Leaders can work to improve grit by focusing on the four key areas identified by Duckwork.35 Regarding interests, leaders should explore, inquire, and gravitate toward topics that spark fascination. A person is more likely to stay committed to a goal if they have a vested interest. Practice, hard work, and experience are critical to building expertise and resiliency. Leaders should practice with seriousness and dedication, pushing beyond their comfort zones to seek self-improvement. To find purpose, it helps to have a personal philosophy to stay motivated while pursuing long-term goals. Finally, an optimistic mindset will allow a person to persevere through challenging times. Developing a hopeful outlook may involve spirituality, fellowship, or finding a cause greater than oneself. It may also involve lessons from historical figures like George Washington or contemporary leaders who inspire greatness.

George Washington shines as an example of the multiplying effect grit can have on natural talent. While not as singularly outstanding as many of his peers in characteristics such as intelligence, grit distinguished him from the rest. He worked hard to develop and deepen the character traits essential to grit by deepening his interests, working hard to improve areas of weakness, finding a higher purpose, and maintaining a hopeful outlook throughout his life, thereby strengthening his passion and perseverance. He was aware of the importance of these attributes, noting in a letter to Gen Philip Schuyler at the outset of the Revolution that “Perseverance and Spirit have done Wonders in all ages.”36 Military leaders can follow Washington’s example to develop their own grit and foster a culture of grit. In doing so, leaders will maximize the potential of their unit and improve the likelihood of successful outcomes on and off the battlefield.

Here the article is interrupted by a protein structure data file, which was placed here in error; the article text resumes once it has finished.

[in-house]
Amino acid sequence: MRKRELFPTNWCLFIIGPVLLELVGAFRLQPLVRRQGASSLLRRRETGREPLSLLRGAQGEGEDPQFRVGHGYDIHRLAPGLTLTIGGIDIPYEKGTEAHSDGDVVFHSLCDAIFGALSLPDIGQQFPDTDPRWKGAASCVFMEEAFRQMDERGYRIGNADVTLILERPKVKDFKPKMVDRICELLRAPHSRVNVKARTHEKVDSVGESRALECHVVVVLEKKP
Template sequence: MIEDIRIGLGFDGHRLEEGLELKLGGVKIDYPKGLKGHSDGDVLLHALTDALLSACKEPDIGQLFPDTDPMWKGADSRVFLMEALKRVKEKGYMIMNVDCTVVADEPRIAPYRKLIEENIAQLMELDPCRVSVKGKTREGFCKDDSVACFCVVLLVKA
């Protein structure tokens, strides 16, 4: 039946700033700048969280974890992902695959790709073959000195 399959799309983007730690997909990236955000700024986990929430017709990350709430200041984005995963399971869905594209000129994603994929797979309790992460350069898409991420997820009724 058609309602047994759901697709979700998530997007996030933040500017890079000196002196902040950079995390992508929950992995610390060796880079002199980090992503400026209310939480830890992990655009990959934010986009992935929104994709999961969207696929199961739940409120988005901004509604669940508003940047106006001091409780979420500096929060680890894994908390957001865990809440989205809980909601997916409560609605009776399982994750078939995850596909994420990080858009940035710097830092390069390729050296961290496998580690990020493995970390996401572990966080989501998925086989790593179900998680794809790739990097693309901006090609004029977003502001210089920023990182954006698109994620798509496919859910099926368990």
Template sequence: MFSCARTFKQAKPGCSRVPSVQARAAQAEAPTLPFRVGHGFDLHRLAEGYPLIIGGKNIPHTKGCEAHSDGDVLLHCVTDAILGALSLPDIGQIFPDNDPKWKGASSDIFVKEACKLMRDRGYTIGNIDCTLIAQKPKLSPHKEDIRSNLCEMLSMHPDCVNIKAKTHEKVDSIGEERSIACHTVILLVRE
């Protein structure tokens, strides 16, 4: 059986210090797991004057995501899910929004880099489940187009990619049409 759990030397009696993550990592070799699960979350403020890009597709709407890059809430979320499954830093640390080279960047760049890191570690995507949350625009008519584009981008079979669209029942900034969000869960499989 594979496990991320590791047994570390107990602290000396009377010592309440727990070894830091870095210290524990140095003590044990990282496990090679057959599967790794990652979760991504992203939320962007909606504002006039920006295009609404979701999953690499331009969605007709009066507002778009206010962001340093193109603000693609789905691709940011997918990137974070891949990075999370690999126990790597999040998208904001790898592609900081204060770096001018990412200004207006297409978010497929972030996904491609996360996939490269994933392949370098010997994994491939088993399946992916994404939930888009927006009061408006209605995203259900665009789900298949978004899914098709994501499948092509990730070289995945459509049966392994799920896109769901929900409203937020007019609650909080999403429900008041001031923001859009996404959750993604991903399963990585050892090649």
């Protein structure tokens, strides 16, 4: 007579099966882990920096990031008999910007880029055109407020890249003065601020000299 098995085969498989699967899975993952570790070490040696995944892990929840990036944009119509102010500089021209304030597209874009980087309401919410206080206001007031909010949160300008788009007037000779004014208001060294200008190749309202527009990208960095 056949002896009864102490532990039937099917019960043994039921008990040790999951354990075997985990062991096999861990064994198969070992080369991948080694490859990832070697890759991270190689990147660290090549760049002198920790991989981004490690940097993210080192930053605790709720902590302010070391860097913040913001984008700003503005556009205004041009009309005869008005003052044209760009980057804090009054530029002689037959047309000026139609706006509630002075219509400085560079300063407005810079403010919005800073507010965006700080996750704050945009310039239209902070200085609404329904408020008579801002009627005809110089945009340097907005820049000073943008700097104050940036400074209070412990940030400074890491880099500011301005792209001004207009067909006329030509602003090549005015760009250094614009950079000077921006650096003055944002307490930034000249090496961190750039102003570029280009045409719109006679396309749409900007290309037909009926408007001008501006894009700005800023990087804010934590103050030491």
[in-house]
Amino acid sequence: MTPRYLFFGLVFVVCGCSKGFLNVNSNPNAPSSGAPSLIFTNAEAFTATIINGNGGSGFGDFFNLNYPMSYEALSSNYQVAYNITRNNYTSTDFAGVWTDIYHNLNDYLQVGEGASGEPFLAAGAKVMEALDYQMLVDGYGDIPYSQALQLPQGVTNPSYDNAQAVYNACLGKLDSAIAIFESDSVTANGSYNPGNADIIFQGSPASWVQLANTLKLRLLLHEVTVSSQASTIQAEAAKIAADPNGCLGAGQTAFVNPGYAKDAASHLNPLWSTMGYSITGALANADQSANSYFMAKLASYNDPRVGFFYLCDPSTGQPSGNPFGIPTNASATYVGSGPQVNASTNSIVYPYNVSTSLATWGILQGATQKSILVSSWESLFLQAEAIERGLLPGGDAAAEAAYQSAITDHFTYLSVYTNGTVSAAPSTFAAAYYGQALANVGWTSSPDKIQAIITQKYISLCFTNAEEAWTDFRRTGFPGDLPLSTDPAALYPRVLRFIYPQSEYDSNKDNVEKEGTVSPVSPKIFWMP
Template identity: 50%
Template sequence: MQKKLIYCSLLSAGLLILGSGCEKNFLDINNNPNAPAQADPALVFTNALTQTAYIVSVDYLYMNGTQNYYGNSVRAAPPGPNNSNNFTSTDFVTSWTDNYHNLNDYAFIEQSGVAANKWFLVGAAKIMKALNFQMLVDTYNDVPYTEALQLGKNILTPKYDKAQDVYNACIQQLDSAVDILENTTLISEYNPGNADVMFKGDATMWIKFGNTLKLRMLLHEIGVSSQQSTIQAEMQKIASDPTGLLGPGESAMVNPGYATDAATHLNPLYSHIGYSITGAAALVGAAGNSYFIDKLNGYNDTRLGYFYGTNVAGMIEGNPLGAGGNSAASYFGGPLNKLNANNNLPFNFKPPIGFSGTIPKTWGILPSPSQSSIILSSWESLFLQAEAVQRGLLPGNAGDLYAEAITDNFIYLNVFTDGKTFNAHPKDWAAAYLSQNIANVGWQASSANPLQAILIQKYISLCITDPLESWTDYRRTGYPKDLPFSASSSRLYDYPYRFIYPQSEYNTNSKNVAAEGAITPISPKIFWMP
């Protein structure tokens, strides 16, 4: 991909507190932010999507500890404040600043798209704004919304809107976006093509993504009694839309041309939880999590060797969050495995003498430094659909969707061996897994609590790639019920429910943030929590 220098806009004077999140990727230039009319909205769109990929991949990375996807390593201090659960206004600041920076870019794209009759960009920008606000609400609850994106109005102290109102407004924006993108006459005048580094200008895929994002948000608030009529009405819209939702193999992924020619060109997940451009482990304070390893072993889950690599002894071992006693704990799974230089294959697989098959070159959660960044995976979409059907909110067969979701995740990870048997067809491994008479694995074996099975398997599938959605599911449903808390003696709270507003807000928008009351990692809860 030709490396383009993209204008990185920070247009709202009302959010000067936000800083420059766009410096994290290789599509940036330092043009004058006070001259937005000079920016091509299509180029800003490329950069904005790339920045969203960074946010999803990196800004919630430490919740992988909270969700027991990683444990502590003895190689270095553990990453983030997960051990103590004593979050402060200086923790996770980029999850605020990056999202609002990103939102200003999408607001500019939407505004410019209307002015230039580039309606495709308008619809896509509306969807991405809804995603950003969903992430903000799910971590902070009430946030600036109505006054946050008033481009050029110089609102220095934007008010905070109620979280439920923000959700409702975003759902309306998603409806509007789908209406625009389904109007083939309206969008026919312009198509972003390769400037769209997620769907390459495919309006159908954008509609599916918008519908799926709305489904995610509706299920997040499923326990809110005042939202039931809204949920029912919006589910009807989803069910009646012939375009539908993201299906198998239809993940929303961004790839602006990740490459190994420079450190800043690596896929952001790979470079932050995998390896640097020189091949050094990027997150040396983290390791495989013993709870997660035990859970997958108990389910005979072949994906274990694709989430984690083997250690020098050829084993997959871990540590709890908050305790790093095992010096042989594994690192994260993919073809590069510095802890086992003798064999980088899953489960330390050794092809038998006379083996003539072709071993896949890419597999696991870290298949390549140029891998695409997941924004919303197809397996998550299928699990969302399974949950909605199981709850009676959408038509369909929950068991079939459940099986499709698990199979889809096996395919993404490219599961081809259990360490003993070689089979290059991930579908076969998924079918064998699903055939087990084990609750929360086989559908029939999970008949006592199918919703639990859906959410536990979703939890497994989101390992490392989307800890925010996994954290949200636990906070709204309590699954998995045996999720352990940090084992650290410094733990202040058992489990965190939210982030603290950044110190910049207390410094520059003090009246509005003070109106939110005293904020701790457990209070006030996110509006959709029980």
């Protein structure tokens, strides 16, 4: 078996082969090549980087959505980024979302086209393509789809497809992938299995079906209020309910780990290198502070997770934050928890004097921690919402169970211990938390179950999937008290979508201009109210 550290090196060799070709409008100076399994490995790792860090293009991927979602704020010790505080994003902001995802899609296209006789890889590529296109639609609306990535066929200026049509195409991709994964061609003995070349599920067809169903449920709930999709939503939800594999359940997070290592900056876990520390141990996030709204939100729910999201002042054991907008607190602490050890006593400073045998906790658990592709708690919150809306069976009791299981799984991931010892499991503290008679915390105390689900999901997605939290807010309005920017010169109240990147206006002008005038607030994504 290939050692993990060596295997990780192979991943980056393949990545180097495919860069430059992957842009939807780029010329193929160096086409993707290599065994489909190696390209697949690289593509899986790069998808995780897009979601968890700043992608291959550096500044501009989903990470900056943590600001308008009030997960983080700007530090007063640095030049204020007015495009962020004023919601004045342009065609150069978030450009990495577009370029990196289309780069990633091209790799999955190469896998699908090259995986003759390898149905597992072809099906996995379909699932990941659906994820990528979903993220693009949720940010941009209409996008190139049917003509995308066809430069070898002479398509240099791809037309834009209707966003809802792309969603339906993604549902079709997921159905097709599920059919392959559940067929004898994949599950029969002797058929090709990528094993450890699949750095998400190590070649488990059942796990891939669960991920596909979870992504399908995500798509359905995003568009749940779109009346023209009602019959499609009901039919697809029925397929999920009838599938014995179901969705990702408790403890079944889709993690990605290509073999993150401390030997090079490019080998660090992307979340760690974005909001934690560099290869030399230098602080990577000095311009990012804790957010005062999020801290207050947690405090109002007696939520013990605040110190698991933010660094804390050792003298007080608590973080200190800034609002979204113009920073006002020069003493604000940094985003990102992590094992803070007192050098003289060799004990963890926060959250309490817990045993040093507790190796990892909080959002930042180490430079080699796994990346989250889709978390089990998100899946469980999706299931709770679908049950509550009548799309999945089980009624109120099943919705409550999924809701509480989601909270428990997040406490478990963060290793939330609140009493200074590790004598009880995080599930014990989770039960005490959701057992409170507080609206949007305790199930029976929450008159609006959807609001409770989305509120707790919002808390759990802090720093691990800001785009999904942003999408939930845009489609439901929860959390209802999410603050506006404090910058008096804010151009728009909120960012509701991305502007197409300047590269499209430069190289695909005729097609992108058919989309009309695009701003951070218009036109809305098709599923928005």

Statue of George Washington, located near Washington’s Headquarters at Valley Forge. A cast bronze copy of a marble statue by French sculptor Jean-Antoine Houdon. (Photo by author.)

Notes1. Angela Duckworth, Grit: The Power of Passion and Perseverance (New York: Scribner, 2016).

2. Ibid.

3. Ibid.

4. William Guthrie Sayen, “George Washington’s ‘Unmannerly’ Behavior: The Clash between Civility and Honor,” Virginia Magazine of History & Biography 107, No. 1 (1999).

5. Edward G. Lengel, General George Washington: A Military Life (New York: Random House, 2007).

6. Rodrigo de la Jara, “Cox’s Study of 300 (301) Eminent Geniuses born from 1450 to 1850, including Flynn Effect Calculations, listed alphabetically and by descending IQ,” IQ Comparison Site, n.d.,

7. Ibid.

8. Catharine Cox, Genetic Studies of Genius II: The Early Mental Traits of Three Hundred Geniuses, (Stanford University Press, 1926); and Keith Simonton, “Presidential IQ, Openness, Intellectual Brilliance, and Leadership: Estimates and Correlations for 42 U.S. Chief Executives,” Political Psychology 27, No. 1 (2006).

9. Grit.

10. Ibid.

11. Ibid.

12. Ibid.

13. A Military Life.

14. Ibid.

15. K. Anders Ericsson, Michael J. Prietula, and Edward T. Cokely, “The Making of an Expert,” Harvard Business Review, July-August 2007,

16. Ibid.

17. A Military Life.

18. Ibid.

19. Ibid.

20. Ibid.

21. George Washington, “Instructions to Company Captains,” July 29, 1757,

22. Grit.

23. “‘Unmannerly’ Behavior.”

24. A Military Life.

25. “‘Unmannerly’ Behavior.”

26. Grit.

27. A Military Life.

28. Ibid.

29. Ibid.

30. Ibid.

31. Woody Holton, “The Father of our Country Didn’t Always Know Best, But He Learned and Changed,” The Washington Post, June 29, 2018,

32. George Washington, “Washington’s Farewell Address to the Army,” November 2, 1783,

33. Grit.

34. Ibid.

35. Ibid.

36. George Washington, “From George Washington to Major General Philip Schuyler,” August 20, 1775,